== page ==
How should people be encouraged to read more? It can easily be done by increasing basic reading skills at an early age and encouraging young people to borrow books from schools. Some schools have classroom libraries as well as school libraries. It is no good waiting until pupils are in their secondary school to encourage an interest in books; it needs to be pushed at an early age. Reading comics, magazines and low brow publications like Mills and Boon is frowned upon. But surely what people, whether they be adults or children, read is of little import. What is significant is the fact that they are reading. Someone who reads a comic today may have the courage to pick up a more substantial tome later on.
But perhaps the best idea would be to stop the negative attitudes to reading from forming in the first place. Taking children to local libraries brings them into contact with an environment where they can become relaxed among books. If primary school children were also taken in groups into bookshops, this might also entice them to want their own books. A local bookshop, like some local libraries, could perhaps arrange book readings for children which, being away from the classroom, would make the reading activity more of an adventure. On a more general note, most countries have writers of national importance. By increasing the standing of national writers in the eyes of the public, through local and national writing competitions, people would be drawn more to the printed word. Catch them young and, perhaps, they just might then all become bookworms.
Reading Passage 2 has eight paragraphs labelled A-H.
Choose the most suitable heading for each paragraph from the list of headings below.
Note: There are more headings than paragraphs, so you will not use all of them.
One of the headings has been done for you as an example. Any heading may be used more than once.
List of Headings
I Reading not taken for granted
II Taking children to libraries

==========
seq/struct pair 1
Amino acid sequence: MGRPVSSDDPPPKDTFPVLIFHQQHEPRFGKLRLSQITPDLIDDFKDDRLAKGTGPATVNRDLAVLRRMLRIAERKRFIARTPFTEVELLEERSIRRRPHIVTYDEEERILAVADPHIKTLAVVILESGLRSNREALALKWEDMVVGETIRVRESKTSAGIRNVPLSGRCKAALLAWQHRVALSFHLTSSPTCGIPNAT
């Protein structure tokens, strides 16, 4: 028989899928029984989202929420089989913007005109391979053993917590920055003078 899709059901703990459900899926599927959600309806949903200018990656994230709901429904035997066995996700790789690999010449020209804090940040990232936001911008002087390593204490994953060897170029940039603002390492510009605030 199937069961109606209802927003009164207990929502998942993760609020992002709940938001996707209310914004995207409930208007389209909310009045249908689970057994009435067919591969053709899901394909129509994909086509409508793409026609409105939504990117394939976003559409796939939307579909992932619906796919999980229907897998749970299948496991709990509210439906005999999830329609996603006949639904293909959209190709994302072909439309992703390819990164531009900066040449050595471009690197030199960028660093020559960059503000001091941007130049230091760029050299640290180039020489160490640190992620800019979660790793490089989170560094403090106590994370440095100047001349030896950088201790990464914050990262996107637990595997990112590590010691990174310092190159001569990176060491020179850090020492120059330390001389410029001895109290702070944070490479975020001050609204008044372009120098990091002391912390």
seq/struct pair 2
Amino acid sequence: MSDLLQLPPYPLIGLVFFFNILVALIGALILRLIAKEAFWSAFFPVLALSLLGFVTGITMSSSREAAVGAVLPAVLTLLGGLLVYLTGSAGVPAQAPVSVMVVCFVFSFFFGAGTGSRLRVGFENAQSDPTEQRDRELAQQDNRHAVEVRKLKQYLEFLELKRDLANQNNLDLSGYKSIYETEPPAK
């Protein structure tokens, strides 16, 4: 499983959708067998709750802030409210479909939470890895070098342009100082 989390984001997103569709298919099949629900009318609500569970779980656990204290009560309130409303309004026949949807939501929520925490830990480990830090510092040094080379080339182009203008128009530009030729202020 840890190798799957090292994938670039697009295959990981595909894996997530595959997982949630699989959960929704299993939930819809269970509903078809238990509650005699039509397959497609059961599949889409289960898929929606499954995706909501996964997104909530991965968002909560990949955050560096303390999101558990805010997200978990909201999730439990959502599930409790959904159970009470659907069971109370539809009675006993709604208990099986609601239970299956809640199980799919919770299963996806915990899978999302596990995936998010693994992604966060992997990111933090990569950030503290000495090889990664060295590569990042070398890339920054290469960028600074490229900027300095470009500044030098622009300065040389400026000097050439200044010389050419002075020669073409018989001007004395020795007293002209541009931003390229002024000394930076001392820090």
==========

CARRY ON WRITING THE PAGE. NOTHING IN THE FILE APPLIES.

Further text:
III Reading: the mark of civilisation
IV Reading in St Augustine’s day
V A large pool of educated workers in India
VI Literacy rates in developed countries have declined because of people’s attitude
VII Persuading people to read
VIII Literacy influences the economies of countries in today’s world
IX Reading benefits the economy by billions of pounds
X The attitude to reading amongst the young
XI Reading becomes an economic force
XII The writer’s attitude to the decline in reading
Example: Paragraph H Answer VII
16 Paragraph A
17 Paragraph B
18 Paragraph C
19 Paragraph D
20 Paragraph E
21 Paragraph F
22 Paragraph G
Do the following statements agree with the information given in Reading Passage 2?
YES if the statement agrees with the writer’s claims
NO if the statement contradicts the writer’s claims
NOT GIVEN if there is impossible to say what the writer thinks about this
23 European countries have been satisfied with past achievements for too long and have allowed other countries to overtake them in certain areas.
24 Reading is an economic force.
25 The literacy rate in less developed nations is considerably higher than in all European countries.
26 If you encourage children to read when they are young the negative attitude to reading that grows in some subcultures will be eliminated.
27 People should be discouraged from reading comics and magazines.